Economic Crises, the ‘Breakdown Theory’ and the Struggle Against Revisionism in the German Social Democracy

Among the assertions of the revisionist movement, led by Eduard Bernstein within the German Social Democratic Party, was their claim that generalized world economic crises were unlikely to recur. Similar claims were made during the 1960s—taken seriously by certain Marxists of those days—as well as during the recent “Great Moderation.”

Bernstein thought that general crises were already a thing of the past in the late 1890s. A little premature to say the least! This was well before such economists as John Maynard Keynes and Milton Friedman, who according to their followers had discovered the way to abolish capitalist crises without abolishing capitalism itself. It seems that such bourgeois claims—always duly echoed by certain forces in the workers’ and left movements such as Bernstein’s original revisionists—are themselves cyclical.

While Bernstein and other like-minded forces in the old Social Democracy held that capitalist crises were fading away, revolutionists like Rosa Luxemburg put great emphasis on the periodic capitalist economic crises. To the revolutionary wing of the Social Democracy, the recurring capitalist economic crises were a sign of the approaching “breakdown” of capitalism, the very “breakdown” that the revisionists denied. The revisionists pointed to the “fact” that crises were becoming less intense and generalized as a sign that capitalism was adapting itself to the new forces of production that were being created.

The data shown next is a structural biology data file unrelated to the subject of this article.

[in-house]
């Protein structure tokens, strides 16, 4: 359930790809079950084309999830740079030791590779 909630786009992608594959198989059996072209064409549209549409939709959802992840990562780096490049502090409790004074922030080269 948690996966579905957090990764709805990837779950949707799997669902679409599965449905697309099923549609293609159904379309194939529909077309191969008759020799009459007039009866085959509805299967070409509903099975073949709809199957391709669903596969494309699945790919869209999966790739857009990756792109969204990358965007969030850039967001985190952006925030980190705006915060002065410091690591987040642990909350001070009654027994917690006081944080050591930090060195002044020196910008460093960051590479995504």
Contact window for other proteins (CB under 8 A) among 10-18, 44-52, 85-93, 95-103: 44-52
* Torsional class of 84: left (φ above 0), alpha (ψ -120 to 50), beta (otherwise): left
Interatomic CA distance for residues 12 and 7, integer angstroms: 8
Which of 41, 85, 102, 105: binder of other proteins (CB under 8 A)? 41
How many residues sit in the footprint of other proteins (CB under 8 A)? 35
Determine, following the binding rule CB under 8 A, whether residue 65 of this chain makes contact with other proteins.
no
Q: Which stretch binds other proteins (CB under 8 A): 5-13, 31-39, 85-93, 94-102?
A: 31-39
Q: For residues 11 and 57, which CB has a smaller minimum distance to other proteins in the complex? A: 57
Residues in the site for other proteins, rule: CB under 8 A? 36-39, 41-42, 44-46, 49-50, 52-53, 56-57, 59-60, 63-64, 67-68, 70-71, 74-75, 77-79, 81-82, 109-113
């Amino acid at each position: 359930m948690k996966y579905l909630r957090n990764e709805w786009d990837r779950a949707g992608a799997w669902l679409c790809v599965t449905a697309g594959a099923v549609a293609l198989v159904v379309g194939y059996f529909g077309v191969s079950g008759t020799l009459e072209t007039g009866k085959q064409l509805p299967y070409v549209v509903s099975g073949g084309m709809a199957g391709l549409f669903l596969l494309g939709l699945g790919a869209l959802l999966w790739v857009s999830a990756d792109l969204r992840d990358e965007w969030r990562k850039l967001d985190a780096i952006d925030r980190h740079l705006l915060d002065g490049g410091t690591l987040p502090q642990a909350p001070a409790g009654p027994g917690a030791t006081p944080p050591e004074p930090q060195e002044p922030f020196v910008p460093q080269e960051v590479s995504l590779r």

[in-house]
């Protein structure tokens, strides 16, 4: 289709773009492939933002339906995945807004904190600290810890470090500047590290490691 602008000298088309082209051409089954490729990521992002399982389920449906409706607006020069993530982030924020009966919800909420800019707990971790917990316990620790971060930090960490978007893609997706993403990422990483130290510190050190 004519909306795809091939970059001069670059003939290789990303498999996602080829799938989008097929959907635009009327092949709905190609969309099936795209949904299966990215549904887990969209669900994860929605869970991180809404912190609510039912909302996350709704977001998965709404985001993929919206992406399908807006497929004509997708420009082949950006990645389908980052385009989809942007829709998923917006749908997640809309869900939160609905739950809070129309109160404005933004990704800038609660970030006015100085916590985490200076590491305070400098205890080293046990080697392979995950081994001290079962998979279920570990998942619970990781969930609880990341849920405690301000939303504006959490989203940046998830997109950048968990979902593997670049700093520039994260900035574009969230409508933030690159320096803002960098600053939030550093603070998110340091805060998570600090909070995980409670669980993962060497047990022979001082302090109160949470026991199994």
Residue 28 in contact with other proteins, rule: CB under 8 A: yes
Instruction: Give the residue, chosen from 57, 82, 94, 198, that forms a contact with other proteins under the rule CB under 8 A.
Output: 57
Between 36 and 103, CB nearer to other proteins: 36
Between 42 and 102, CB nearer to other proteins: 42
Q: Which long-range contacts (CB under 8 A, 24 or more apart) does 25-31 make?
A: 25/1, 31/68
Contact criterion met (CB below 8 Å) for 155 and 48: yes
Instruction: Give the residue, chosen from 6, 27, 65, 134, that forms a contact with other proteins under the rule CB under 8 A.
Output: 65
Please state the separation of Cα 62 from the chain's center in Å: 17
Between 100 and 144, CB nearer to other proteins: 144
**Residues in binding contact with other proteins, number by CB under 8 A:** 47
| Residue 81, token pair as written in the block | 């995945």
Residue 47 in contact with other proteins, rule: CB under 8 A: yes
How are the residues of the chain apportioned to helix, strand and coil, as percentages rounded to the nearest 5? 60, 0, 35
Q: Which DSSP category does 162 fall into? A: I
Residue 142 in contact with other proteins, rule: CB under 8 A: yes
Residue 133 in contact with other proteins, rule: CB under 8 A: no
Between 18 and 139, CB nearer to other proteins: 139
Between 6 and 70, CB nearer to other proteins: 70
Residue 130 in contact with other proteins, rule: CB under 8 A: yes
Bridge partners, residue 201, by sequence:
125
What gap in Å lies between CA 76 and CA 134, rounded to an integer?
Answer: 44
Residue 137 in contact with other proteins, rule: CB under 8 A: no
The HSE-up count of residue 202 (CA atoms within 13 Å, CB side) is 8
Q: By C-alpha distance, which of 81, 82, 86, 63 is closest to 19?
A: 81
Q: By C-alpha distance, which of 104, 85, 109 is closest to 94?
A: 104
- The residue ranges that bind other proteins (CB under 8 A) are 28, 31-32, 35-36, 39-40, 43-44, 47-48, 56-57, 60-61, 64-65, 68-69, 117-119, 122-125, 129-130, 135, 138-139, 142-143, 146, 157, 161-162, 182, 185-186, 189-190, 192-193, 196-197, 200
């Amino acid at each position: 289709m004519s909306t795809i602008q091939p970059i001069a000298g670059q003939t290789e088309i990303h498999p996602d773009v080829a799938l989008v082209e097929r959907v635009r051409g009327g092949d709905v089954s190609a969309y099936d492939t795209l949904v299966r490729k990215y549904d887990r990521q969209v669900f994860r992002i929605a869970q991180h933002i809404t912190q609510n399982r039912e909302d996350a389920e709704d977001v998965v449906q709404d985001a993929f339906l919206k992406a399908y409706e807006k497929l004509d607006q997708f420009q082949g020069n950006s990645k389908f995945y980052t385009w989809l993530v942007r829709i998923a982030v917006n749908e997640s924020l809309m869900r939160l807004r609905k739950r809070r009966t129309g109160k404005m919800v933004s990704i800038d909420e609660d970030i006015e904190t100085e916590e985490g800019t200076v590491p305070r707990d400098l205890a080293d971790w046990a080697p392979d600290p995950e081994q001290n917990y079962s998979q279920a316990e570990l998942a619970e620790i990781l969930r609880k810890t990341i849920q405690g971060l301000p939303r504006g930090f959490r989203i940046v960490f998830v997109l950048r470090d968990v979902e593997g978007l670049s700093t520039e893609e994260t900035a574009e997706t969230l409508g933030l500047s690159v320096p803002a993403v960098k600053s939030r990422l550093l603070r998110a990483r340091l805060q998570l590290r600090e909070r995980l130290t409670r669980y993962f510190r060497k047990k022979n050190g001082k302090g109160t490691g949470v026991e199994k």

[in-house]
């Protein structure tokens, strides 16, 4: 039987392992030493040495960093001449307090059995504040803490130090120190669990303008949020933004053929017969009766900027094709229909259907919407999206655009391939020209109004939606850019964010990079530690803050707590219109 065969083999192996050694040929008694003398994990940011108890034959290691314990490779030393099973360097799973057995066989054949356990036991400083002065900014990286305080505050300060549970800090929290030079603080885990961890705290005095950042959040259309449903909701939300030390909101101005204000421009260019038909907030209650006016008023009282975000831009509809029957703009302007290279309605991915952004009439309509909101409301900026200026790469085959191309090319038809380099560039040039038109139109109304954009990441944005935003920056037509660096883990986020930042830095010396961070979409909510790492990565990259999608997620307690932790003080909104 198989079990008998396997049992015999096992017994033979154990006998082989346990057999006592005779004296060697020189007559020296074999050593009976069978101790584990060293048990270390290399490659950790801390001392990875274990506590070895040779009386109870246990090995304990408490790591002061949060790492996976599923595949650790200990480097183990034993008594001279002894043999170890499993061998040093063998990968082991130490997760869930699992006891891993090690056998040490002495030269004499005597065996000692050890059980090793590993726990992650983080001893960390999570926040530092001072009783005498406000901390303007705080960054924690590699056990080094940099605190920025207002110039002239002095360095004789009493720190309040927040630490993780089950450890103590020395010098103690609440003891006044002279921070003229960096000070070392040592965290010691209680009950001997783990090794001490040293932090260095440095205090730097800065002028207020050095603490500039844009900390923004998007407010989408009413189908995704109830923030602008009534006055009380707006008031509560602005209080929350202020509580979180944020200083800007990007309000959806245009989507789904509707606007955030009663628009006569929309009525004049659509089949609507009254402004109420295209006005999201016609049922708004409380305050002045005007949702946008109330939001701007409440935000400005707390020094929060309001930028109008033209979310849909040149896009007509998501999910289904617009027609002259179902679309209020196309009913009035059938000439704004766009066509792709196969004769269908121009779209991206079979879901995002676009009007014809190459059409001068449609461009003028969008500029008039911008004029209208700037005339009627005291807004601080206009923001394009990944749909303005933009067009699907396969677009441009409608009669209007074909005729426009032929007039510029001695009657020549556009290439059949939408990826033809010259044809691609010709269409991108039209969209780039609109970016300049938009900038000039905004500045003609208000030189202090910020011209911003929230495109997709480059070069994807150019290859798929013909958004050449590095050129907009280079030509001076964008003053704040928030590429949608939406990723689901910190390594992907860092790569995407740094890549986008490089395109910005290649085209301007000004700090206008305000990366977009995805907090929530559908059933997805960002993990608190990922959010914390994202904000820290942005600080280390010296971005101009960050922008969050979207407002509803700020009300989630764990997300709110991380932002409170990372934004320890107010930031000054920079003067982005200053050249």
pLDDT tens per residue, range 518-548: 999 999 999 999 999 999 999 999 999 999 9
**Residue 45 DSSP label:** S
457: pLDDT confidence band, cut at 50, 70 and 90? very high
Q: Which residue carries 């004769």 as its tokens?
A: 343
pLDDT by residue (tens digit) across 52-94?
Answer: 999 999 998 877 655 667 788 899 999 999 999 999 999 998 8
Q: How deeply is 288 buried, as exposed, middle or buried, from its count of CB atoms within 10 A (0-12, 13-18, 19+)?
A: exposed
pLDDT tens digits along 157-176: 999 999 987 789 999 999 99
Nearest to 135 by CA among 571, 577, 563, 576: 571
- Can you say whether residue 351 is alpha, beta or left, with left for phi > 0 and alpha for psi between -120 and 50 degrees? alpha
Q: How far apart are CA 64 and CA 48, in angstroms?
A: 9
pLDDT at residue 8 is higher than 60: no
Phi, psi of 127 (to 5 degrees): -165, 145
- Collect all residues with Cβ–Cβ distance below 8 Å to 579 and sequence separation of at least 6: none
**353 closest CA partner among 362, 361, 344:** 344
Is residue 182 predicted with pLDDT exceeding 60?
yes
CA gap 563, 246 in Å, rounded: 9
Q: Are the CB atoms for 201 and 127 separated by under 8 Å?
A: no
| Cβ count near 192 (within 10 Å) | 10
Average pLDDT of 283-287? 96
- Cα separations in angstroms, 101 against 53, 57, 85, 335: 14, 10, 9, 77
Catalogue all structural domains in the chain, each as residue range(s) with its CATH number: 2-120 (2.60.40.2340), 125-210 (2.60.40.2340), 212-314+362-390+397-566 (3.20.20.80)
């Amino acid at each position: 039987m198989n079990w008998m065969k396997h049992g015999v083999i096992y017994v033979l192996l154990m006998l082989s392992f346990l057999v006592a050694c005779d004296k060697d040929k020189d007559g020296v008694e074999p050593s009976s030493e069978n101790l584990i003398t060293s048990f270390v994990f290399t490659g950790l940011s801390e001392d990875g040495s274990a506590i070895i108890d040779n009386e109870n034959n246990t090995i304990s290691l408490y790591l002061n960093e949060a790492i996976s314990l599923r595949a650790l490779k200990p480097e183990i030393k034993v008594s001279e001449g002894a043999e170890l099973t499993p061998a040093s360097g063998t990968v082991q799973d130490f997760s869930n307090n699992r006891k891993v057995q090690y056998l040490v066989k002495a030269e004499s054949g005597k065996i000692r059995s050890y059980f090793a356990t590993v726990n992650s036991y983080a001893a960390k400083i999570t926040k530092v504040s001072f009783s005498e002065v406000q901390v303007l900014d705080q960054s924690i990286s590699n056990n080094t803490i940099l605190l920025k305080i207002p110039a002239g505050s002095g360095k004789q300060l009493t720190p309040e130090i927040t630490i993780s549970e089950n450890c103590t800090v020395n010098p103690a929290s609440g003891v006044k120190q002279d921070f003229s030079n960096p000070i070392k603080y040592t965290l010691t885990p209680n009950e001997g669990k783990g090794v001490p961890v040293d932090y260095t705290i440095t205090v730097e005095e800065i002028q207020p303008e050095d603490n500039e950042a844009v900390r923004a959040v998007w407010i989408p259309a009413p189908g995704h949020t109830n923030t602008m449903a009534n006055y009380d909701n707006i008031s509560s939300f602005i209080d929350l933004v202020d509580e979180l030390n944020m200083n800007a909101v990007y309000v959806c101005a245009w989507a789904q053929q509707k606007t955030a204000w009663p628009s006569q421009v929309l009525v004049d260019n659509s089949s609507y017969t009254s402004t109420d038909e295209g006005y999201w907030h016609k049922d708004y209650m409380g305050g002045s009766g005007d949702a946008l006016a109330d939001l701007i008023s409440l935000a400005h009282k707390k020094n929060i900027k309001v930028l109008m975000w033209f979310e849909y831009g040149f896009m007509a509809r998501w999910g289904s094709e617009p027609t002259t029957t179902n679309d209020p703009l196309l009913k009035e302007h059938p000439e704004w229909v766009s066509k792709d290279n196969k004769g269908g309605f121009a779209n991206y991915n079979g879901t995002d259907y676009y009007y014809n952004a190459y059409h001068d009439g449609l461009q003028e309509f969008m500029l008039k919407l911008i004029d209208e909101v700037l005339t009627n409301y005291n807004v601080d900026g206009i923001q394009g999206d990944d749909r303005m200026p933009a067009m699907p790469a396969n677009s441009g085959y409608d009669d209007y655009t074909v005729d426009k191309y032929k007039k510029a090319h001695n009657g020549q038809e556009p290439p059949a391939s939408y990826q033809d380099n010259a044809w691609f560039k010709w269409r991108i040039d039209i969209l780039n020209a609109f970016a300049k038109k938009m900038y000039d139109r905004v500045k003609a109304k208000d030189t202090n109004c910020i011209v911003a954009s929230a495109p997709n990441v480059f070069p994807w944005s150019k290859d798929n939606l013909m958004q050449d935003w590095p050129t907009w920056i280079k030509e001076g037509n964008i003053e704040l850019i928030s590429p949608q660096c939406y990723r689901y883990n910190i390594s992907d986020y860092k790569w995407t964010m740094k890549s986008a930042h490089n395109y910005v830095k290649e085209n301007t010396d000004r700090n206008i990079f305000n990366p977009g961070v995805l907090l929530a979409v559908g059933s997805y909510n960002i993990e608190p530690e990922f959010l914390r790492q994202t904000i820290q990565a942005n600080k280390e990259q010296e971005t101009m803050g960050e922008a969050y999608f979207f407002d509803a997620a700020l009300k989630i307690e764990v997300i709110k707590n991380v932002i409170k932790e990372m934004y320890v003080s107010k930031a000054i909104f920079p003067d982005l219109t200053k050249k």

Bernstein and his fellow revisionists drew the conclusion that the perspective was not a workers’ revolution that would overthrow the political rule of the capitalist class and then transform the capitalist form of economy into socialism. Instead, the revisionists foresaw a gradual and more or less continuous reform of the existing social order in the interest of the workers.

Or, as Bernstein put it, the movement is everything, the final goal is nothing. From the revisionist perspective, a major future capitalist economic crisis would only get in the way of the struggle for reforms. The different views on capitalist crises and their future among the German Social Democrats of a century ago coincided with the divisions between the revolutionists on the left, the revisionists on the right, and the centrists who wavered between the two.

In the years that followed, and down to our own day, the attitude toward crises and the tendency toward a an economic breakdown of capitalism has continued to divide the left and right wings within the workers’ movement.

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